"Alice in Wonderland" is an interesting component of the Disney Canon.  While it was initially a box office failure, the film boasts some of the most interesting and creative images in Disney's long history of animation.  While I believe that Wonderland should have appeared much stranger, much of the imagery is perfect for this imaginative land.  I love the design of the flowers, featuring subtle human features while still looking like normal flowers.  It's incredible thoughtful how each flower takes on the literal characteristics of its genus like the blue bonnets, the shy violets, and the dandy pup.  The Disney animators also bring all of the great word-play creatures of Wonderland to life like the bread-and-butterflies, rocking-horseflies, and dog-and-caterpillars.  The voice actors reach the level of goofiness (or insanity) necessary to bring Lewis Carroll's characters to life, particularly Ed Wynn (Uncle Albert from "Mary Poppins") as the Mad Hatter and Sterling Holloway (Winnie the Pooh) as the Cheshire Cat.  Kathryn Beaumont also shines as Alice.  The problem with this film is not its quality of animation, voice acting, or characters.  The problem is that, due to the film's episodic nature, we never really develop a connection with Alice.  Even Walt said that the film failed because Alice had no heart.  There is no cohesiveness, almost as if five directors were hired to create their own individual sequence (oh wait, they were).  The episodic format was the problem with "Saludos Amigos" and "The Three Caballeros," and it causes the same problems for this film.  There is no greater example than the random sequence about the walrus and the carpenter that is only relevant "because the story was told by Tweedledee and Tweedledum in 'Through the Looking Glass.'"  Meanwhile, it has nothing to do with Alice or Wonderland.  I like these twin bozos, but why pull random elements from "Looking Glass" when "Alice's Adventures in Wonderland" has plenty of material that was not included in the film?  The other misstep in this production is the inclusion of too many songs.  How are you supposed to remember the music from a 75-minute film that contains over 15 songs, some of which last less then 30 seconds?  Give me five solid show-stopping songs and I will show you an audience that will walk out of the theater singing "The Circle of Life" and getting back in line to learn the second verse of "I Just Can't Wait To Be King."  From a technical analysis, it is easy to find problems with "Alice in Wonderland," but it truly is an enjoyable family film; however, if you are looking for an accurate telling of Lewis Carroll's famous book, you will be disappointed.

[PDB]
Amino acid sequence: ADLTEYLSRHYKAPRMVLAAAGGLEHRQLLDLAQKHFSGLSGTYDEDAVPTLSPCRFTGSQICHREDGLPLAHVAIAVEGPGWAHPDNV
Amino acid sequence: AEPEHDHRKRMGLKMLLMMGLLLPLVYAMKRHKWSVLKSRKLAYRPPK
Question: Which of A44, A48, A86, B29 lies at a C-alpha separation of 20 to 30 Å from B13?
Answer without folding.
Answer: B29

Coming to America - 5 stars out of 10